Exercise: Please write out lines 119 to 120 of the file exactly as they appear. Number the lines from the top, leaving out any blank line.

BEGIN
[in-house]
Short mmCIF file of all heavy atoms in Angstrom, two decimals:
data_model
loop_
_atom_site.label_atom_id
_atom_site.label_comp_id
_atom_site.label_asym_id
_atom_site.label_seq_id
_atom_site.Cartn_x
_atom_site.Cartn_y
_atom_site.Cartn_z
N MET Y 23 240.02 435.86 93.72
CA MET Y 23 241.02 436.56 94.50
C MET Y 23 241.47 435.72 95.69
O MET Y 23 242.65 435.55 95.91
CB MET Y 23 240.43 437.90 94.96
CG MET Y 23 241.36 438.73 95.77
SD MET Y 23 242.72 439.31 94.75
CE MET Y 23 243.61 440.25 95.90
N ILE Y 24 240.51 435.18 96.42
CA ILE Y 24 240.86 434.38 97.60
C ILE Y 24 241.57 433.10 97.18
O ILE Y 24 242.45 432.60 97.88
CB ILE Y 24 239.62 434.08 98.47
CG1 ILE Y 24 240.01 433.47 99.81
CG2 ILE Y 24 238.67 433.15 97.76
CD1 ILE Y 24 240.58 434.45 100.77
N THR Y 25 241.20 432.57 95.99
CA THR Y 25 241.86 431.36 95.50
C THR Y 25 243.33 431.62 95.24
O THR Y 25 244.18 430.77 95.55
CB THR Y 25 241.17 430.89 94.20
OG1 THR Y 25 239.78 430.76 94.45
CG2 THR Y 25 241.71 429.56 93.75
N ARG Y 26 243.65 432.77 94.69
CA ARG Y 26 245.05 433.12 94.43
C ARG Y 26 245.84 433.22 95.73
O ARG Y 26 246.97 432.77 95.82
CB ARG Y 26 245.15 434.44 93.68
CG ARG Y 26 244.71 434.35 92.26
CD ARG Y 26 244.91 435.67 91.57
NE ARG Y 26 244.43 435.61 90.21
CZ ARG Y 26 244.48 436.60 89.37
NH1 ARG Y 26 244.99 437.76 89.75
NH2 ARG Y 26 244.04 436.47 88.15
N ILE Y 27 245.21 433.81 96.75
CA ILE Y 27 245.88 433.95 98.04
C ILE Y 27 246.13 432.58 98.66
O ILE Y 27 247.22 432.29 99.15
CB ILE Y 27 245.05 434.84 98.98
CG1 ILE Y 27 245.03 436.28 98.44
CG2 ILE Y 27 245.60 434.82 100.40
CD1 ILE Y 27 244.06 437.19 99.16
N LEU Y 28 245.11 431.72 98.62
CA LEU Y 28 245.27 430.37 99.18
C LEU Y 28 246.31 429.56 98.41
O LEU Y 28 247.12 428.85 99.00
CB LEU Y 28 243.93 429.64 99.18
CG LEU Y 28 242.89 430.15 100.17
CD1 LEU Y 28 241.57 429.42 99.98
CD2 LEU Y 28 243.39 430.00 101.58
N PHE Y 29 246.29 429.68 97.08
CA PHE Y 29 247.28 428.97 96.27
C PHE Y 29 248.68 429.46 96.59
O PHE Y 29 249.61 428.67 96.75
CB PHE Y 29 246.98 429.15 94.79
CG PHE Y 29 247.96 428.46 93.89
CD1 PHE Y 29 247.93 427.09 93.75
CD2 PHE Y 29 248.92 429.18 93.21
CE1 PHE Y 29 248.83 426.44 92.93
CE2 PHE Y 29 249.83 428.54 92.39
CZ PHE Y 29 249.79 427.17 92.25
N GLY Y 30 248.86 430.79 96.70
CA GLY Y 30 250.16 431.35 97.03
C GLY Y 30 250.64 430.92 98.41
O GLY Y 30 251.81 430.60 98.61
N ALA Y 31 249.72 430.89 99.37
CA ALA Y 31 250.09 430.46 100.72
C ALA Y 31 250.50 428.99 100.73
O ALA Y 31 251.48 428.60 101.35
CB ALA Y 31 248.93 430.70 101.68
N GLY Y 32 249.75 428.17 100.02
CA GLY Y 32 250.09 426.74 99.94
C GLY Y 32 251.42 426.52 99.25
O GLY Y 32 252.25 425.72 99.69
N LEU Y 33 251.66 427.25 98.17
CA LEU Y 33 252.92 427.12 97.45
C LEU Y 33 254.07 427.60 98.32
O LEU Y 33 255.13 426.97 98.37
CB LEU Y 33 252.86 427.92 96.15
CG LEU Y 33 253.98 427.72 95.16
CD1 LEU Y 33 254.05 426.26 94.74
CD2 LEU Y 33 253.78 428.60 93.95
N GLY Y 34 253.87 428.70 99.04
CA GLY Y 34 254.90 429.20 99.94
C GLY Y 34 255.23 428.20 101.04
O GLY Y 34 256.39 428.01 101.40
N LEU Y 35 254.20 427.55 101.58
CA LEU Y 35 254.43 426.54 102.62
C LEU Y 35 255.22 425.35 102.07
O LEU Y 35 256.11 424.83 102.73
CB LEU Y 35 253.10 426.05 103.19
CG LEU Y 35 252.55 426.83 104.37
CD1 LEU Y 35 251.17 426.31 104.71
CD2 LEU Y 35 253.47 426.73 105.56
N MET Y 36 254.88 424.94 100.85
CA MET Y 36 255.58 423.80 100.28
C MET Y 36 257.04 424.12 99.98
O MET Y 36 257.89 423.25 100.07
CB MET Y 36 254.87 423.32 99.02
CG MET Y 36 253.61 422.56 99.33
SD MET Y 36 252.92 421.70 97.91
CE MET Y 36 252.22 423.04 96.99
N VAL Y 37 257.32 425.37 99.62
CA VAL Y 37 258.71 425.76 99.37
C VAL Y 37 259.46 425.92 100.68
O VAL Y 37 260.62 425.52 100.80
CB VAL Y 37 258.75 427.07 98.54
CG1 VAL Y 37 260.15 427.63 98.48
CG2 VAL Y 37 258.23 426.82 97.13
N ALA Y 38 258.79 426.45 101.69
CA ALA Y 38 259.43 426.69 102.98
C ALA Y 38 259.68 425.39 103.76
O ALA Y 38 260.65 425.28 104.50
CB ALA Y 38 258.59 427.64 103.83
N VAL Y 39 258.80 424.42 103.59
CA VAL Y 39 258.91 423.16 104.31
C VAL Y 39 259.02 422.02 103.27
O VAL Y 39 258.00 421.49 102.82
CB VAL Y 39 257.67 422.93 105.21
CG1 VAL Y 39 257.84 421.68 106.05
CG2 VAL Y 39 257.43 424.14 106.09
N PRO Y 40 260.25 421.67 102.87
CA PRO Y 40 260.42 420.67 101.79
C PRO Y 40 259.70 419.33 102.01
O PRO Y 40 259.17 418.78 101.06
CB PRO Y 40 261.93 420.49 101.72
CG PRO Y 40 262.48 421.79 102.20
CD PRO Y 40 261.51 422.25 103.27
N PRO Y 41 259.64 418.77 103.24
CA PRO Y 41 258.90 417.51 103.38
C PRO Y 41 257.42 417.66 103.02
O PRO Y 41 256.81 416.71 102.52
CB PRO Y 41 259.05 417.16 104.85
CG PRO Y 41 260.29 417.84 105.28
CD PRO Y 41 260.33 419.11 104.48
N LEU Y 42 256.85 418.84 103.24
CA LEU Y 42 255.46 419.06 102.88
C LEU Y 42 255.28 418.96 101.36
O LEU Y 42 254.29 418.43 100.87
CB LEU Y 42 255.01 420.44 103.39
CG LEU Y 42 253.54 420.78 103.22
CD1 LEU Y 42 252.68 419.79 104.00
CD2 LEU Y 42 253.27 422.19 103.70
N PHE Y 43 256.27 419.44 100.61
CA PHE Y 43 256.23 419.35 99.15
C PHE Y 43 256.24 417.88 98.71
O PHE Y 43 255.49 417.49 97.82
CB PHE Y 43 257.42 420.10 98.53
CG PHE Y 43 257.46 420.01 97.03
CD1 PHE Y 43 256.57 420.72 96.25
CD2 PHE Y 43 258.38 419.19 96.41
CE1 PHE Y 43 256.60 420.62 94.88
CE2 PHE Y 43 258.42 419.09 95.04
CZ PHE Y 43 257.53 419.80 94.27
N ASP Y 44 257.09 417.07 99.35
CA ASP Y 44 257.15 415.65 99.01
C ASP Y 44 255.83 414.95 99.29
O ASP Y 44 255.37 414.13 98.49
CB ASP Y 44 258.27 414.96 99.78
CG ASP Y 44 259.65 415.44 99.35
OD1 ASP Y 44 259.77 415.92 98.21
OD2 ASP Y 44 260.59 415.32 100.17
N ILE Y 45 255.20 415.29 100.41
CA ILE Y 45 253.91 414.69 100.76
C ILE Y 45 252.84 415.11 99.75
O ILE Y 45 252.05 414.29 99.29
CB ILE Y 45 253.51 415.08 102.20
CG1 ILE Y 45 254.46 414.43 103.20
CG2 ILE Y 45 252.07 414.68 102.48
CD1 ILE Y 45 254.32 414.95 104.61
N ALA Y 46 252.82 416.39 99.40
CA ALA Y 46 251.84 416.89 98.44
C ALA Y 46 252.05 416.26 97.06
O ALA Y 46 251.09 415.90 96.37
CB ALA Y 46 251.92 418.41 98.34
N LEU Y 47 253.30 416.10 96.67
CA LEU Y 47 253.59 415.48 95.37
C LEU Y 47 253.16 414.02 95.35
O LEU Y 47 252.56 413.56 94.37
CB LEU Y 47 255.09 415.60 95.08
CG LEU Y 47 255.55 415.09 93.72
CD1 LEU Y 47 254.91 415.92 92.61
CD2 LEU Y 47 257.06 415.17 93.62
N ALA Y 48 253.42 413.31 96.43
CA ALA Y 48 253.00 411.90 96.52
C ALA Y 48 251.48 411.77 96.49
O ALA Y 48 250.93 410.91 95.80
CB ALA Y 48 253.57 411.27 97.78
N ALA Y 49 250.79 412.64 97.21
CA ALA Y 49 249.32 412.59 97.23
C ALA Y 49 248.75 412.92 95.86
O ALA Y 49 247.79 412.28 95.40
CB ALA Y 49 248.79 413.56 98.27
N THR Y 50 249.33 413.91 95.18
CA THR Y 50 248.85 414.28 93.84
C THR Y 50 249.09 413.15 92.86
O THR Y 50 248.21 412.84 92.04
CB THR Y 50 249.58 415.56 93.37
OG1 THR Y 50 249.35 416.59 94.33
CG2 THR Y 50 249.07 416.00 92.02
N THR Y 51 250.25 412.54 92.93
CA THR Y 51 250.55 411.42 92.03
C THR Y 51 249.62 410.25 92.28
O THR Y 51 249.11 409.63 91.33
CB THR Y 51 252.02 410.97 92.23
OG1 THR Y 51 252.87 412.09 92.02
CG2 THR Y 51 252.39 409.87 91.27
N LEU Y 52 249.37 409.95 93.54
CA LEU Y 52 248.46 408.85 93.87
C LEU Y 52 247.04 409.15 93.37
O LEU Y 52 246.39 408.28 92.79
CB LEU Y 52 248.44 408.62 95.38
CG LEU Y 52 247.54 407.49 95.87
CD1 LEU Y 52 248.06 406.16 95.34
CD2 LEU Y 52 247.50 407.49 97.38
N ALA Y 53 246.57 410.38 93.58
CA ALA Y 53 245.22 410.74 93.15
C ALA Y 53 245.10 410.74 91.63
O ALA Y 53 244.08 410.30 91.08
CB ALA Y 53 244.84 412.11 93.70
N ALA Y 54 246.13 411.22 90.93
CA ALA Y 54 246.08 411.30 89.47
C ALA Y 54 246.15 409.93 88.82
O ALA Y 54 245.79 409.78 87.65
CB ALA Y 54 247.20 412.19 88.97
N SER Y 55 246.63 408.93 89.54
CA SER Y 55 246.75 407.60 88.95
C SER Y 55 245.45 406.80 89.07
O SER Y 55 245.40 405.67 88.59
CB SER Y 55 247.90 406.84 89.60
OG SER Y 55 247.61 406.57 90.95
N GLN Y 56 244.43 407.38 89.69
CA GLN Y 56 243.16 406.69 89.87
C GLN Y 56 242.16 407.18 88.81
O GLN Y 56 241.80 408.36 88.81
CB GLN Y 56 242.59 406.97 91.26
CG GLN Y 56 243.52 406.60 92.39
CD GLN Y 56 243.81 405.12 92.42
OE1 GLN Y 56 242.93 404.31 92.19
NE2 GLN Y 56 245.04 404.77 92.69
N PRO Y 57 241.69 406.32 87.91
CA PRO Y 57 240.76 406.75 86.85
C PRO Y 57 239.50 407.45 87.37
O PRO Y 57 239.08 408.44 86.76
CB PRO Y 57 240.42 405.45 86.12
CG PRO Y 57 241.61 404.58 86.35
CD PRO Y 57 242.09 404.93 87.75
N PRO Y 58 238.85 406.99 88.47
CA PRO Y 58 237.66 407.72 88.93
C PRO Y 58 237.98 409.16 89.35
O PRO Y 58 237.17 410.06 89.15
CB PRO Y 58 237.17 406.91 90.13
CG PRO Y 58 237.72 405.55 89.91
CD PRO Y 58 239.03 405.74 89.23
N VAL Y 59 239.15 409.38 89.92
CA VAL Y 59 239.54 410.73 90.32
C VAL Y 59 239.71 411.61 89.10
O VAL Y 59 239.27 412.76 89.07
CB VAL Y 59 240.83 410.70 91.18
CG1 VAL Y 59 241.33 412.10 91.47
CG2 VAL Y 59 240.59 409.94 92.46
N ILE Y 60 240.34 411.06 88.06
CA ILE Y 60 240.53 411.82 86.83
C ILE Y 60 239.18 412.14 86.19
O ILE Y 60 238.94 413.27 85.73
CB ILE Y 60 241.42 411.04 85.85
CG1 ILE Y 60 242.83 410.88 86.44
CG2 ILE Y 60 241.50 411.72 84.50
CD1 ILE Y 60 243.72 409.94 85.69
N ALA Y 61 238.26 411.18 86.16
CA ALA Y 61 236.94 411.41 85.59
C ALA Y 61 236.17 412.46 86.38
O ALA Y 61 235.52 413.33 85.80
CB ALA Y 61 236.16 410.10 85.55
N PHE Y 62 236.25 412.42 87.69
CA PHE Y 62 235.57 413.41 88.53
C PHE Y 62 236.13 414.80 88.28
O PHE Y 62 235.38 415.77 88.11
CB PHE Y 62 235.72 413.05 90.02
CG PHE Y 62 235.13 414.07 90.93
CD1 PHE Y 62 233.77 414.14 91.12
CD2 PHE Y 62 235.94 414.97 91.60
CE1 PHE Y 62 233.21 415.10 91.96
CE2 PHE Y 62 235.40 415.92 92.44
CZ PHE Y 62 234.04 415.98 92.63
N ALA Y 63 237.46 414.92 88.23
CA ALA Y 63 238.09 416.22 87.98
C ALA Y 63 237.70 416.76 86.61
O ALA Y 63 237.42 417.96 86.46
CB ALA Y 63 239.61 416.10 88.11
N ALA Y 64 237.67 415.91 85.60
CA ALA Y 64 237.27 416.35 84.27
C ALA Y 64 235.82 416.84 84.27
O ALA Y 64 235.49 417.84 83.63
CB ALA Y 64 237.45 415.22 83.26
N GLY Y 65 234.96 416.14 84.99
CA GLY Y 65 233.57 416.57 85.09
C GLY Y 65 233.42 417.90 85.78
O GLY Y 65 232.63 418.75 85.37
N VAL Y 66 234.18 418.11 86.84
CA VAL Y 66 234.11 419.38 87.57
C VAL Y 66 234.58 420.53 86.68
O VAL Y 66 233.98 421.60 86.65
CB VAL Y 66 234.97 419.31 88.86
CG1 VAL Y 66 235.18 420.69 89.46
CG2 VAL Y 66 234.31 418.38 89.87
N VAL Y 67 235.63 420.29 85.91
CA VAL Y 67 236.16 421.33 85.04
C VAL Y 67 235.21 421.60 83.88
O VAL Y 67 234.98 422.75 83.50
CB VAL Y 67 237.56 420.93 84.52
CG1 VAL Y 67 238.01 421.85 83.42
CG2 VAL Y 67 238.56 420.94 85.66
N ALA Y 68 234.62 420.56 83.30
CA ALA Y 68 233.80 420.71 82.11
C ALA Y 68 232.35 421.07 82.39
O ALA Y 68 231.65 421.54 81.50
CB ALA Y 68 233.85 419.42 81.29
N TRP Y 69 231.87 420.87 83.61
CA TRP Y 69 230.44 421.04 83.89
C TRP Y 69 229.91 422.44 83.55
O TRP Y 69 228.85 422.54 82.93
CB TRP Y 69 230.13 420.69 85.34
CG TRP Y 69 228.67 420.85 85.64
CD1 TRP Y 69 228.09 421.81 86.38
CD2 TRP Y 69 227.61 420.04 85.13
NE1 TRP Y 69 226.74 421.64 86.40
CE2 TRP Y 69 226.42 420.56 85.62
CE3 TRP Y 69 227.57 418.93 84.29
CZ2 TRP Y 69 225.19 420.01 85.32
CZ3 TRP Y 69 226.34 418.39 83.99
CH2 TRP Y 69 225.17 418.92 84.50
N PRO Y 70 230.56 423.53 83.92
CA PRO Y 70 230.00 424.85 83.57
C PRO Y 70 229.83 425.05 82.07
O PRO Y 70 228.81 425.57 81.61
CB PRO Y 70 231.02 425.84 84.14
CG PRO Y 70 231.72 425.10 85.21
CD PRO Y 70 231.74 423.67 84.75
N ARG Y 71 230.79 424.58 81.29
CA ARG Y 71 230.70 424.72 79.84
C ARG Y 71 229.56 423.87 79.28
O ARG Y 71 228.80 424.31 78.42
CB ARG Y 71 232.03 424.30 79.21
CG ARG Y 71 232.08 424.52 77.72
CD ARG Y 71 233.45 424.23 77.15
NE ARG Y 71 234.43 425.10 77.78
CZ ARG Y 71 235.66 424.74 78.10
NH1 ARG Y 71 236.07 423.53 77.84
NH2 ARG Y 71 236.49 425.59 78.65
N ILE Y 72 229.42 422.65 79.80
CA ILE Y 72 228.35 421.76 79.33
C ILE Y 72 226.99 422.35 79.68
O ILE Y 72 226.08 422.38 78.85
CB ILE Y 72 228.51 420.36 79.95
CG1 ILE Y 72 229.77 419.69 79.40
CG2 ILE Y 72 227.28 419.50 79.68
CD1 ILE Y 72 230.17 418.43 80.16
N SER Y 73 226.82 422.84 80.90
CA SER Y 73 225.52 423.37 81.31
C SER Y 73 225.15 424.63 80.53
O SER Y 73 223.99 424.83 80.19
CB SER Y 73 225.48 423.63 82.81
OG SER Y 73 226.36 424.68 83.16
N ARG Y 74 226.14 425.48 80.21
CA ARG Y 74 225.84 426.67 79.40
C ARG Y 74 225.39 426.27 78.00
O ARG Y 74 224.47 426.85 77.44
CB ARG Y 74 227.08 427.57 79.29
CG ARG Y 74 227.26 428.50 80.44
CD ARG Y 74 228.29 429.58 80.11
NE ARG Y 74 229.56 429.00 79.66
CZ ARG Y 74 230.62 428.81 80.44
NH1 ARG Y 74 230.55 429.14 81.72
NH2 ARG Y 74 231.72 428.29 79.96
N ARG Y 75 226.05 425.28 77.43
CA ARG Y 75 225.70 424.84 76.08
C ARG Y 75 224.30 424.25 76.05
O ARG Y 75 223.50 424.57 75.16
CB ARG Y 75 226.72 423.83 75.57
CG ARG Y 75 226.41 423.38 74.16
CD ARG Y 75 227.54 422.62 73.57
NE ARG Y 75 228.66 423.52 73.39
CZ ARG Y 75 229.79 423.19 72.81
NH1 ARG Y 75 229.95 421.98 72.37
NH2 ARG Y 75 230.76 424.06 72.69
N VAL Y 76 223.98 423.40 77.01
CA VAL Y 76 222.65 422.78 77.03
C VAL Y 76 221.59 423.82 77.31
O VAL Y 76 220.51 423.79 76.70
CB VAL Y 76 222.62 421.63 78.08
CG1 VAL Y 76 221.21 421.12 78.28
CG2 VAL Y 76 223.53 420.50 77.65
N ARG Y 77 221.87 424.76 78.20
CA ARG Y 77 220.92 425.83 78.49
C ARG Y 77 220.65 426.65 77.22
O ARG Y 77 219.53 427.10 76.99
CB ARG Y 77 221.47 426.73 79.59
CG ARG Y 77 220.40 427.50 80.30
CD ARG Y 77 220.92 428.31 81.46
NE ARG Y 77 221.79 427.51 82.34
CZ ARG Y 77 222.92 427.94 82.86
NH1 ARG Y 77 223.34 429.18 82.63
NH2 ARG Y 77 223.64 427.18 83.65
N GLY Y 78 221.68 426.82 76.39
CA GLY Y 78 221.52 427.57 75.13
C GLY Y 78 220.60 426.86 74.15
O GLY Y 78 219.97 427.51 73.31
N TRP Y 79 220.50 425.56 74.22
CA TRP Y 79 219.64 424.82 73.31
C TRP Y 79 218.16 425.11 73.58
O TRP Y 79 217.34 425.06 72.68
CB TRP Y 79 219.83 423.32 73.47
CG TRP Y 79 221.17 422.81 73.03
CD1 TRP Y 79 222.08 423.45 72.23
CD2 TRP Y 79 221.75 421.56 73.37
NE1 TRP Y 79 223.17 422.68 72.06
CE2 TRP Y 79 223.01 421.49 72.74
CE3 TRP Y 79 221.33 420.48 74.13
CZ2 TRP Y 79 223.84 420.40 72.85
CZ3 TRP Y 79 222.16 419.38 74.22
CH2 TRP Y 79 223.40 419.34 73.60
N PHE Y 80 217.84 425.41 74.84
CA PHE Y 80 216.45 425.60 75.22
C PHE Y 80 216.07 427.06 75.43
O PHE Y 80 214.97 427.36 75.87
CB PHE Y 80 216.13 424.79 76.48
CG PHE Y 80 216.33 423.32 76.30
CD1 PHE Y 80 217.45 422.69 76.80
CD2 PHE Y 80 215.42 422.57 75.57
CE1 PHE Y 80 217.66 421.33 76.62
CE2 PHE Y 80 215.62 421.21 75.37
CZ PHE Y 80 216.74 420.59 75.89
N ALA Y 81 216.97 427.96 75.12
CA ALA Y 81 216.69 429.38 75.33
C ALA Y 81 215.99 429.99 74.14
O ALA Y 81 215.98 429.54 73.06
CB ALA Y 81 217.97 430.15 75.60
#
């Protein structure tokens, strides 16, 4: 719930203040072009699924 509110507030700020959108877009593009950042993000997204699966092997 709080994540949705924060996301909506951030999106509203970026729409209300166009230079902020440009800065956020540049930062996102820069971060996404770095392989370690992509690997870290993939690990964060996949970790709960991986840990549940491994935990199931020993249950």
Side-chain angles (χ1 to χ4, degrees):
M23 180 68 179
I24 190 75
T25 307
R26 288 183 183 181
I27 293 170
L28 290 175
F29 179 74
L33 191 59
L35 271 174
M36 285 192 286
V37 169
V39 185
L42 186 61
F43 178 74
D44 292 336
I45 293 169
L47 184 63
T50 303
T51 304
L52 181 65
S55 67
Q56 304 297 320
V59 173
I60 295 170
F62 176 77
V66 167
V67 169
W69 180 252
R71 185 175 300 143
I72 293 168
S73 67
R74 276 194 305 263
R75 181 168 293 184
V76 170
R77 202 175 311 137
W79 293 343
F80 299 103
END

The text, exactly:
CG1 VAL Y 37 260.15 427.63 98.48
CG2 VAL Y 37 258.23 426.82 97.13